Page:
No, GPA and ATAR are different measures of academic performance in Australia. GPA (Grade Point Average) is a calculation of an individual’s average grades over a period of time, typically a semester or an academic year, while ATAR (Australian Tertiary Admission Rank) is a ranking system used to assess a student’s overall academic achievement in their final year of high school.
It is not possible to accurately convert a GPA to an ATAR score, as they are two different measures of academic performance. GPA is calculated based on the grades received in individual courses, while ATAR is a ranking system based on a student’s performance in their final year of high school. However, there are some conversion tools online that will help to give a estimate.
A good GPA in Australia will depend on the individual’s academic goals and the competitiveness of the field they are applying to. Generally, a GPA of 3.0 or above (on a 4.0 scale) is considered to be a good academic standing, while a GPA of 3.5 or above is considered to be a high distinction.
A 98 ATAR is an excellent score, and it is certainly high enough to apply for medicine at most universities in Australia and New Zealand. However, admission into medicine is highly competitive, and many other factors are taken into consideration, such as performance in prerequisite subjects, interview performance, and any relevant work or volunteering experience. It is important to research the specific admission requirements of the universities that you are interested in applying to and to speak with an academic advisor for guidance.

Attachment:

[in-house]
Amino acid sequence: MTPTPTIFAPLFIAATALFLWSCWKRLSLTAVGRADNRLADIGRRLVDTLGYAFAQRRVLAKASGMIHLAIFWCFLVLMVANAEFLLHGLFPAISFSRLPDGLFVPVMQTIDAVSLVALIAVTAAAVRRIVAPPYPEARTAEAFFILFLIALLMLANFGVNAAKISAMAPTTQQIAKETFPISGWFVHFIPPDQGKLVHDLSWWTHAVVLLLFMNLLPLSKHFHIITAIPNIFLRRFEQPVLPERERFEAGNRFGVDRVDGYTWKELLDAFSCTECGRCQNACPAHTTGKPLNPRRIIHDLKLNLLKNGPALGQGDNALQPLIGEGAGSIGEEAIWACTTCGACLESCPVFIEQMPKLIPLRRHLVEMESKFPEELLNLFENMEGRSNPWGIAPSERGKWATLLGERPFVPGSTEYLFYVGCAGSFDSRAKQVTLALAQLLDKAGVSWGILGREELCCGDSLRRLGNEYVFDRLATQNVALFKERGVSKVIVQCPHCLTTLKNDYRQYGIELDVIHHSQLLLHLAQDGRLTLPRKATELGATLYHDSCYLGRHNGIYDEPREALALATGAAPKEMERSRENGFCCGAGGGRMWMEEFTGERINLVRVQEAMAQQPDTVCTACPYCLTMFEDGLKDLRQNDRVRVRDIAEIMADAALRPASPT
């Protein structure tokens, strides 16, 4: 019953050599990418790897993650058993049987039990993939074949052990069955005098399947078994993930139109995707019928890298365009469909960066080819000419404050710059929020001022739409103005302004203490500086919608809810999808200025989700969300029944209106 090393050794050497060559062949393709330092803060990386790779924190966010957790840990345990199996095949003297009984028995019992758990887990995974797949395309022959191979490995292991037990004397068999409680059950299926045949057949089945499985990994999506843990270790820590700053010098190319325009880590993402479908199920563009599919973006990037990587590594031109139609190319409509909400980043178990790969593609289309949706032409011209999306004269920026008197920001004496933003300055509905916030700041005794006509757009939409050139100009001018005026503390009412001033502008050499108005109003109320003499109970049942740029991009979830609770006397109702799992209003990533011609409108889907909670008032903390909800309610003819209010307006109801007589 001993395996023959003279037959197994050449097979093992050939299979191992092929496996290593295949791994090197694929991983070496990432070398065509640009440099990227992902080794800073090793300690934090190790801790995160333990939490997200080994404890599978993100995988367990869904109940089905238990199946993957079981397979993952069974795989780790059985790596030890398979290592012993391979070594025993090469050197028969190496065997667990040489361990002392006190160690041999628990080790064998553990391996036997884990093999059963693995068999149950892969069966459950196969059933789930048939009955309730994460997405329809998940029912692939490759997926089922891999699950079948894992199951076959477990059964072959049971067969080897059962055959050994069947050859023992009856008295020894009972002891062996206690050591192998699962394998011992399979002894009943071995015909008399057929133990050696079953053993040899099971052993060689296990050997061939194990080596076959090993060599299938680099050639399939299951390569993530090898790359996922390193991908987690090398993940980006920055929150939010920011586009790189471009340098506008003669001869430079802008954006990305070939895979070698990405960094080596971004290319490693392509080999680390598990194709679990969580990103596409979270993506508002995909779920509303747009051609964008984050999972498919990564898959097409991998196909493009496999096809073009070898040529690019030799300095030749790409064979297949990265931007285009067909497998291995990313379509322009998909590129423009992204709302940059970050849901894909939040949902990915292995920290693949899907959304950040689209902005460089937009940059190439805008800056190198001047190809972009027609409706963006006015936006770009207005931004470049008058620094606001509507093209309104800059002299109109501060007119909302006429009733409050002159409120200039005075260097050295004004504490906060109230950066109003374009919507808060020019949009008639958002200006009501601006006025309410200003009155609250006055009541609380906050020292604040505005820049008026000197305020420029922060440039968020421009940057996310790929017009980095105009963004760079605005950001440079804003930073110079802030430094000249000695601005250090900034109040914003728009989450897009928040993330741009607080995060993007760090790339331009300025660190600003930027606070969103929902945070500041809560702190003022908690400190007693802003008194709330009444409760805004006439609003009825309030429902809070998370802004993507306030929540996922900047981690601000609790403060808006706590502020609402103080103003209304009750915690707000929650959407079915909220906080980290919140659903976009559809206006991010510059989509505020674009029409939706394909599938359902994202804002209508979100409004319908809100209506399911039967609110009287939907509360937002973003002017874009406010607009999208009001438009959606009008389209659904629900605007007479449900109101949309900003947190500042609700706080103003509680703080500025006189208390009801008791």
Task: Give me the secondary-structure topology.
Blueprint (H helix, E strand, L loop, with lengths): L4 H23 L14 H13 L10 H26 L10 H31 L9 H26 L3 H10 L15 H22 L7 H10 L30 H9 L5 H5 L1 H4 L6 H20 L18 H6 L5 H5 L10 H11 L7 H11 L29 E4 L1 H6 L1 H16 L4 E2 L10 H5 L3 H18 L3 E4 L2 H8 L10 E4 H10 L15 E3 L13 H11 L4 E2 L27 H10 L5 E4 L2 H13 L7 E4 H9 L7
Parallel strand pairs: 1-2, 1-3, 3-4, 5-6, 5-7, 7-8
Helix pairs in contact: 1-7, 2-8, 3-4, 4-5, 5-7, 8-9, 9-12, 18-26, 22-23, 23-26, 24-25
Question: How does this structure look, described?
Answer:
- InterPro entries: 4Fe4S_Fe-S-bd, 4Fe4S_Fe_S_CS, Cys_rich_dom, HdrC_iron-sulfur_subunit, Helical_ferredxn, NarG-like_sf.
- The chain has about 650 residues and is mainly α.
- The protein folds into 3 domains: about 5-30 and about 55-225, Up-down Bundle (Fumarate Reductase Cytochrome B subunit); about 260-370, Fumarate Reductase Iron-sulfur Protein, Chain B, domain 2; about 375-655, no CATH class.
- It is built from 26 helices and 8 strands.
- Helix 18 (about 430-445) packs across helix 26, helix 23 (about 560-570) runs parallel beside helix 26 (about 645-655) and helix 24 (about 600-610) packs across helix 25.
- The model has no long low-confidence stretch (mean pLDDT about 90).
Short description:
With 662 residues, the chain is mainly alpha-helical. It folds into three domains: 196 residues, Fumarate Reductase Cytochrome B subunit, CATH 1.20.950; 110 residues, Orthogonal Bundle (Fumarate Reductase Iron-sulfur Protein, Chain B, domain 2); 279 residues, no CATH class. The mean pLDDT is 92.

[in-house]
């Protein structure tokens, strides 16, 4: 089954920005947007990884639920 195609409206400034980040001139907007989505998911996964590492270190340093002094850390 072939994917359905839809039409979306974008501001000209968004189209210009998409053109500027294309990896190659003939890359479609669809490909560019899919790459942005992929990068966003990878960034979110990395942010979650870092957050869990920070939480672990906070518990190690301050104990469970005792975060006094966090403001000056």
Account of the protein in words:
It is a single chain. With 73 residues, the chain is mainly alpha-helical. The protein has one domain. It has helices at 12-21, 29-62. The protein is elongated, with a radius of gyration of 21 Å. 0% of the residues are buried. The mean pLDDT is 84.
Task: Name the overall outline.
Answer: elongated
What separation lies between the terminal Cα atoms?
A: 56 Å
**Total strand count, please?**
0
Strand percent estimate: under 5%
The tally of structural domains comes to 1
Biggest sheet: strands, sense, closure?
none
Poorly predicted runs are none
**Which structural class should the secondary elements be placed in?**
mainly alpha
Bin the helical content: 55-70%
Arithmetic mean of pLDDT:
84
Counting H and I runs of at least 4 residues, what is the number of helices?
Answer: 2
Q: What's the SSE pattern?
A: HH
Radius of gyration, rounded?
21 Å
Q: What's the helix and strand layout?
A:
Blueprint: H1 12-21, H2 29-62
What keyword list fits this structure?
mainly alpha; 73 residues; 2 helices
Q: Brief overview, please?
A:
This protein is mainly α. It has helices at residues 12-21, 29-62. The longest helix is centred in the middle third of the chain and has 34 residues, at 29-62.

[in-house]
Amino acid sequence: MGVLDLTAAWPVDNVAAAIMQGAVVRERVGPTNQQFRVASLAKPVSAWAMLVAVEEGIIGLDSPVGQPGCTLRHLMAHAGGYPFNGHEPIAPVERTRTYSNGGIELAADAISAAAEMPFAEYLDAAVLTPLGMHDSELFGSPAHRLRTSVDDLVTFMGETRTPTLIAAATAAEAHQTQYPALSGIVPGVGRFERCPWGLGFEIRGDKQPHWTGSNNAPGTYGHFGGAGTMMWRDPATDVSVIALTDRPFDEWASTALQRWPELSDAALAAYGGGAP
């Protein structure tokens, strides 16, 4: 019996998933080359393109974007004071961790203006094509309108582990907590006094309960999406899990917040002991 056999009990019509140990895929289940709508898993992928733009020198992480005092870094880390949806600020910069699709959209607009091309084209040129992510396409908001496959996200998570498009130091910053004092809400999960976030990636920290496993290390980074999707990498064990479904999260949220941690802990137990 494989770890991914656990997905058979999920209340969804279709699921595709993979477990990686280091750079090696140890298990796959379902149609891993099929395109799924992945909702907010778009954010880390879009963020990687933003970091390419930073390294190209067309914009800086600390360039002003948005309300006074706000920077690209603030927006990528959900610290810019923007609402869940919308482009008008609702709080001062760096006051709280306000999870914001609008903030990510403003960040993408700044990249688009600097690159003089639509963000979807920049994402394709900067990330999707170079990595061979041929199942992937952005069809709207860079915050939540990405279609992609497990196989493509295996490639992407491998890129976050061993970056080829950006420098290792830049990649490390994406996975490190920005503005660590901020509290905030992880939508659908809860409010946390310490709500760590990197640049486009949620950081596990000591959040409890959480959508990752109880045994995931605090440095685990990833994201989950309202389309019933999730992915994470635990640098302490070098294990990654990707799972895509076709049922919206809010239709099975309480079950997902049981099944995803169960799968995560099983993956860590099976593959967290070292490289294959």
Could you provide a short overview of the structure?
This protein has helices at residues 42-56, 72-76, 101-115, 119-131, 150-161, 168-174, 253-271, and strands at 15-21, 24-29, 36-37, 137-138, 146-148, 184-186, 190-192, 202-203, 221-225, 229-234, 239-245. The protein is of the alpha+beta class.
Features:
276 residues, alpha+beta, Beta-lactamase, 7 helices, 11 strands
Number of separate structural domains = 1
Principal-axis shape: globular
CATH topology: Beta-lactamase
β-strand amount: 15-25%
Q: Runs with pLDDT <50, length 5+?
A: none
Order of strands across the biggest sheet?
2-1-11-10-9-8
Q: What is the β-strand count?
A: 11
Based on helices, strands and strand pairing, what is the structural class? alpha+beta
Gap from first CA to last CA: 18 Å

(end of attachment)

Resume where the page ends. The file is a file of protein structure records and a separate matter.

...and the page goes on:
ATAR is one of the factors that medical schools may consider when evaluating applicants, but it is not the only factor. Other factors such as UCAT or GAMSAT scores, extracurricular activities, and personal statements may also be taken into consideration.
GPA is one of the factors that medical schools may consider when evaluating applicants, and it is often used as a measure of a student’s academic ability and consistency.
Yes, it is possible to get into medical school with a low ATAR or GPA, as some schools may consider other factors such as work experience, interviews, or postgraduate coursework. However, it may be more difficult to gain admission with lower academic scores, and it is important to research the specific requirements and selection criteria of each school.